As an entrepreneur, your plate is probably overflowing — especially in the early days of a new business. You’re doing ten different jobs, taking the lead on design, strategy, fundraising, marketing, human resources, and finance. After all, with the basic foundation of the business not yet fully in place, it’s hard to justify spending additional cash on an “extra” like public relations.
But PR isn’t an extra at all. It isn’t something that only established companies need to worry about, and it definitely shouldn’t be left until a crisis hits.
“PR is an insanely valuable activity in early-stage companies. Very few investors understand this and even fewer startups.” — Mark Suster, Partner at Upfront Ventures
Getting a handle on a PR strategy for your company — even in its pre-seed phase — can extend to other areas and help you grow your business overall.
Tackling PR in the early stages can help you establish a narrative about your company rather than leave the press to guess what your end goals are, what your mission is, and who you are as a founder and a person.
Tackling PR as a Startup
Investing time in PR will also help you move past any “garage project” perceptions quickly by presenting a polished image to potential partners, employees, and advisors. Furthermore, PR could help bring in the right money to cement important partnerships.
Understanding how PR works will benefit you in the long run, even when you have the budget to hire an agency. By the time you’re ready to bring on specialists, you’ll have a solid understanding of how PR works, and you’ll be able to better leverage your PR agency relationship.
There are several basic PR power moves that you can put into practice today with little to no budget. Remember, the ‘R’ stands for relations because, really, that’s what it’s all about: building and maintaining strong relationships. Here are four tips to help you get started:
Build genuine relationships with journalists.
Every email exchange is an opportunity to build a deeper relationship, whether it’s with a national anchor or a local reporter. If there’s an opportunity to grab coffee with that journalist and continue the conversation in person, do it — but only if it feels authentic. These personal conversations give the journalist an opportunity to get to know you and your brand better. In turn, you get to share your story with the journalist and, hopefully, his audience.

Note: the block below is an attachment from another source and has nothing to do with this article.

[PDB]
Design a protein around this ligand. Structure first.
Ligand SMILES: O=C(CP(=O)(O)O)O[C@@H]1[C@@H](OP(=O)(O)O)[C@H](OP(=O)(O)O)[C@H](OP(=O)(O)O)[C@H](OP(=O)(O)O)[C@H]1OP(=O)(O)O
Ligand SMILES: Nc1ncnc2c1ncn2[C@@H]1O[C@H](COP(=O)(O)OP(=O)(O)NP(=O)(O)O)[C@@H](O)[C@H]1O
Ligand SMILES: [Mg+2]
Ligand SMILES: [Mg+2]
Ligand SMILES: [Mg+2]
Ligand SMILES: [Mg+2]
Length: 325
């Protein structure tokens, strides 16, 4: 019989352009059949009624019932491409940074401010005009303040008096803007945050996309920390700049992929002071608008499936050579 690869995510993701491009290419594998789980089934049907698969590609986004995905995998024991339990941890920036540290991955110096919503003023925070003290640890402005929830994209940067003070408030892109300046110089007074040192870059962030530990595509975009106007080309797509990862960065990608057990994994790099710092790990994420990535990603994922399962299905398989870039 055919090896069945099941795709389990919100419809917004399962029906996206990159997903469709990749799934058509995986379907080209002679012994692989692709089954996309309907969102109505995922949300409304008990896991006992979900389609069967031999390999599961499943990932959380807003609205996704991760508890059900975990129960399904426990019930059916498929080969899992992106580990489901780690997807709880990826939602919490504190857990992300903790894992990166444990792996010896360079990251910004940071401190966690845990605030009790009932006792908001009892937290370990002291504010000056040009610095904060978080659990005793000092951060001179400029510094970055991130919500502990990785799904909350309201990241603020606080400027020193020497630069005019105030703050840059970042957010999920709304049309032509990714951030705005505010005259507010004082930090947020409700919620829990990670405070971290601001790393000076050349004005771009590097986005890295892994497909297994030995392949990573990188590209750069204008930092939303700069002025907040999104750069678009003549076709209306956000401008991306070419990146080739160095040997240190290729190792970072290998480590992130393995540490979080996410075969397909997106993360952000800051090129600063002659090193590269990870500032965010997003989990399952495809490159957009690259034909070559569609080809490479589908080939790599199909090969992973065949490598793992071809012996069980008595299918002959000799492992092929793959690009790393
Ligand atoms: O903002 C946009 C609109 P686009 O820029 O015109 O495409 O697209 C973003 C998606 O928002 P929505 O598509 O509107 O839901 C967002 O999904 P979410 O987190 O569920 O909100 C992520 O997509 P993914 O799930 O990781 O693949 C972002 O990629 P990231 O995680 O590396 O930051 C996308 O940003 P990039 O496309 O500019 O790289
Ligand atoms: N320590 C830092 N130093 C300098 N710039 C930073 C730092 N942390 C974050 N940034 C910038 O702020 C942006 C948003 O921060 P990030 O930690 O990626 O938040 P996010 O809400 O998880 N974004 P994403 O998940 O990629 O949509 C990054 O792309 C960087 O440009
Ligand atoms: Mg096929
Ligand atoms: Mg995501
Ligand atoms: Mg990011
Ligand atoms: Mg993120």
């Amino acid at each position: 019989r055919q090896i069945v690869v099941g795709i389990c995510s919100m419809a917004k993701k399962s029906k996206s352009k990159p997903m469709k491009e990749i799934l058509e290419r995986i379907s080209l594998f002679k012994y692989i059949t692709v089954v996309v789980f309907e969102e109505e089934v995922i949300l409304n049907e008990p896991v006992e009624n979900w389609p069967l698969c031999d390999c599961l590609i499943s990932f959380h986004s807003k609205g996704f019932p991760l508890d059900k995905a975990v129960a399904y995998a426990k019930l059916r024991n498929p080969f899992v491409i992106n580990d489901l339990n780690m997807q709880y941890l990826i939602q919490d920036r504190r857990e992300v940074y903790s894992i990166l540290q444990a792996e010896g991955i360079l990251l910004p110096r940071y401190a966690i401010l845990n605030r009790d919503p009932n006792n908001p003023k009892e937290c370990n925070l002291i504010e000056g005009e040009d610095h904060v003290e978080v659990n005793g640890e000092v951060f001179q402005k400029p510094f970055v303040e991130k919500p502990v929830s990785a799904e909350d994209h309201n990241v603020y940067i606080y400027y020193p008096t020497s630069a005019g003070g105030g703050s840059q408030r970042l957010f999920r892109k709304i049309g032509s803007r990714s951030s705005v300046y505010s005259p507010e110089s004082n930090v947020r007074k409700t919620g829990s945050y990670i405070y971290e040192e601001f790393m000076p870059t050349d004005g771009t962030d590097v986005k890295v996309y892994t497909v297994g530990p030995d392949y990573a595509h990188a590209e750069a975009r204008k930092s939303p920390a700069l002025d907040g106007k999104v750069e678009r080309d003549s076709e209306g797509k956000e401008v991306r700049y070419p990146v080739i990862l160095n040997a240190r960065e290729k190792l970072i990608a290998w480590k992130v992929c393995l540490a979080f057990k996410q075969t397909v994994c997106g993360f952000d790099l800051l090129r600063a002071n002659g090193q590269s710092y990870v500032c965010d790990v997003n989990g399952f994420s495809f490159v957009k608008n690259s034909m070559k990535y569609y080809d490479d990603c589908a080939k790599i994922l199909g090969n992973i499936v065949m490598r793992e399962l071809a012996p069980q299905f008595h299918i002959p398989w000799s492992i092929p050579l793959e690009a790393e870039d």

Stay active on social media.
Being active doesn’t just mean producing content; it also means developing relationships with other users by sharing and commenting on their content. Look for other entrepreneurs, possible customers, and even venture capitalists to follow, and interact in a way that adds value to the conversation. And when someone reaches out to you, be sure to return the favor.
Get involved in the local startup scene.
If you look hard enough, you’re sure to find meetups, conferences, and other events that are relevant to your industry and close to home. Take the opportunity to attend as many as you can to get your brand’s name circulating and network with like-minded individuals.
There are so many ways to publish online that you really have no excuse not to. Write on your own blog or Medium profile, expand reach with guest blogging, publish on your company’s blog, or join a pre-existing online community. Share your thoughts on your industry and the macro trends that are permeating it to establish yourself as an expert in the field.
You should have noticed that these tips don’t require a huge budget. Each one is a simple step toward connecting with folks who can help you share your vision with the world at large. In the beginning stages of a new business, no relationship is too small or insignificant. While you’re your own boutique PR agency, make it a personal mission to treat every interaction like it’s your next big break.
This article has been edited and condensed.
Elliot Tomaeno is the founder of Astrsk, a New York PR firm that works with both emerging and established technology companies. Elliot has worked with companies such as Squarespace, Frank & Oak, Trello, QuizUp, ClassPass, PHHHOTO, Zola, and many more. Since launching in 2012, Astrsk has helped launch more than 150 startups and tech products and has been part of seven exits. Connect with @elliotPR on Twitter.
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